Until the last section, 2001 is an artistic representation of human history from a human perspective, from our rise to dominance among the apes to the nadir of our dominance amid the rise of the machines. This story might be how a human being views it, but I would suggest that the last section speculates on how God might view the same stretch of human history. In fact, I would suggest something more. If God were an abstract filmmaker, the final section of 2001 might be the movie He would make from the same material. In the human movie, the monolith is an artistic representation of God. In “God’s movie, ”the situation reverses; Dave Bowman stands as God’s artistic representation of mankind. In essence, Dave Bowman becomes the monolith.

(This premise – this is how God would re-make my movie – is quite funny. Despite its reputation, 2001 contains a great deal of cold, dry Kubrickian humor. In his nasal monotone, HAL’s taunts – “I don’t think that’s a good idea, Dave” – sound like satire of stock movie villains. Dr. Floyd’s banality of evil routine – essentially “Thank you for your cooperation, and have I mentioned the secrecy oaths?” – probably had Kubrick rolling on the floor. Especially when in the next scene a bootlicking bureaucrat tells him what wonders his speech did for morale. Over a ham sandwich on a spaceship.)

While mystery nowadays is what Sherlock Holmes does for a living, its roots are religious. It shares the same root as words like mystical and mysticism. In religious terms, a mystery is a supernatural truth that is beyond the ability of reason to grasp. And while 2001 has an interest in things earthly and spacely, its ultimate goal is to illustrate the distance between us and the heavenly mysteries – those things about God and his universe that we can never understand.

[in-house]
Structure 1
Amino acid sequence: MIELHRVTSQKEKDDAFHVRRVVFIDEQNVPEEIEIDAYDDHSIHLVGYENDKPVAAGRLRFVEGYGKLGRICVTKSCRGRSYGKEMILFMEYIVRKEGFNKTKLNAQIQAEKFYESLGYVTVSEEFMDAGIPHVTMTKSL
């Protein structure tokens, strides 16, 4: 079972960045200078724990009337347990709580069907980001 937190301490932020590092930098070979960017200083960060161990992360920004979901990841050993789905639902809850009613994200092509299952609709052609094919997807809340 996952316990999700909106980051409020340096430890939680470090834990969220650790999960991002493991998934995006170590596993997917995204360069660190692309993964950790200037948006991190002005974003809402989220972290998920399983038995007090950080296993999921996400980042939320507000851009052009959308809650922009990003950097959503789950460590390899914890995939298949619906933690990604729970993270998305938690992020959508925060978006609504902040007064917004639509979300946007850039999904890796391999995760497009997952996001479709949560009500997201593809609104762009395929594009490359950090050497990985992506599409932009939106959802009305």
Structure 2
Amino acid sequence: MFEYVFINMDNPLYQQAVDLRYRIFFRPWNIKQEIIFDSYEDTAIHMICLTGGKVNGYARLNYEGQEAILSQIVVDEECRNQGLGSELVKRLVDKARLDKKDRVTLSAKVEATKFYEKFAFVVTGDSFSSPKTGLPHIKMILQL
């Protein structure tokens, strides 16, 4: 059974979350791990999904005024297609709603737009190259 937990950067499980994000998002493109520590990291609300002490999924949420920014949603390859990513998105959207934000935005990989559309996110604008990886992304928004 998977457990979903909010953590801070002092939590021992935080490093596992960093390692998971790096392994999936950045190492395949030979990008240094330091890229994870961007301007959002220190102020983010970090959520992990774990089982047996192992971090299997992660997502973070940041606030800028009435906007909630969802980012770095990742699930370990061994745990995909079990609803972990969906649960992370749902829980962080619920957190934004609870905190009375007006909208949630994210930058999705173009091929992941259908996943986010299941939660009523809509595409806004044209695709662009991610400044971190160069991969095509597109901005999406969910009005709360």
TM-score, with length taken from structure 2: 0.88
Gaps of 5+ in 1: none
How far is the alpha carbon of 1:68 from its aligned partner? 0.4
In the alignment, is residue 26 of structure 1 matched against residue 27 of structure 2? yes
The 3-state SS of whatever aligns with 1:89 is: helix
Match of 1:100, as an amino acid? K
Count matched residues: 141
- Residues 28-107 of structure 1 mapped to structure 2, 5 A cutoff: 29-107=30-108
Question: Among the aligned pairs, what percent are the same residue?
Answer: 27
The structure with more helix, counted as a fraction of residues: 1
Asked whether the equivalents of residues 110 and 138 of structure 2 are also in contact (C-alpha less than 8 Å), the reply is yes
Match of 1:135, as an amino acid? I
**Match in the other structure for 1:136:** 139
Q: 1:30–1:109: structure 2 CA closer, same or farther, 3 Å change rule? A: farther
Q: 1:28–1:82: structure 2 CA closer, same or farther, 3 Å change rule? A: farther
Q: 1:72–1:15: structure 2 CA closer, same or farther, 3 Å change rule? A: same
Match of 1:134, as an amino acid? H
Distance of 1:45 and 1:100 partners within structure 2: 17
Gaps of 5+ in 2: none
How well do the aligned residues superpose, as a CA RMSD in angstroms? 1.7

9 comments:

K. Bowen said...

As a footnote, I want to mention that I took a class fifteen years ago at the University of Michigan on Kubrick, taught by a professor named Peter Bauland, if I recall correctly. I'm sure a few of these details were discussed in the class. For instance, I'm pretty sure the God's-eye view idea was one of the possibilities we discussed. The problem is that I don't remember specifically what else. But I think it's proper to credit.

Craig Kennedy said...

It's interesting because I don't think religion is ever mentioned in the film, though the last religion Technology is everywhere and as you say HAL is the pinnacle representation of that.
It's not just our attempt to understand or be closer to God but to actually BE God, yet it's a failure because we're imperfect beings.
"The second thing is that HAL is the ultimate reflection of the society that builds him." just like every version of God in every religion.
That's also an interesting take on the ending being sort of God's version of the story which I hadn't considered. I'll have to puzzle it some more.
After watching it again last night, my take is still a little more banal. I don't think Bowman dies, well his current form dies, but he becomes a super being. He's the next link in the chain of human development and in order to get there he has to destroy the pinnacle of our achievement - the final product of the knowledge we received when the monolith first appeared 4 million years ago.
But back to the religion thing, it's interesting that I'd never really focused on that angle because 2001 addresses the classic questions of all relgions: where did we come from and where are we going?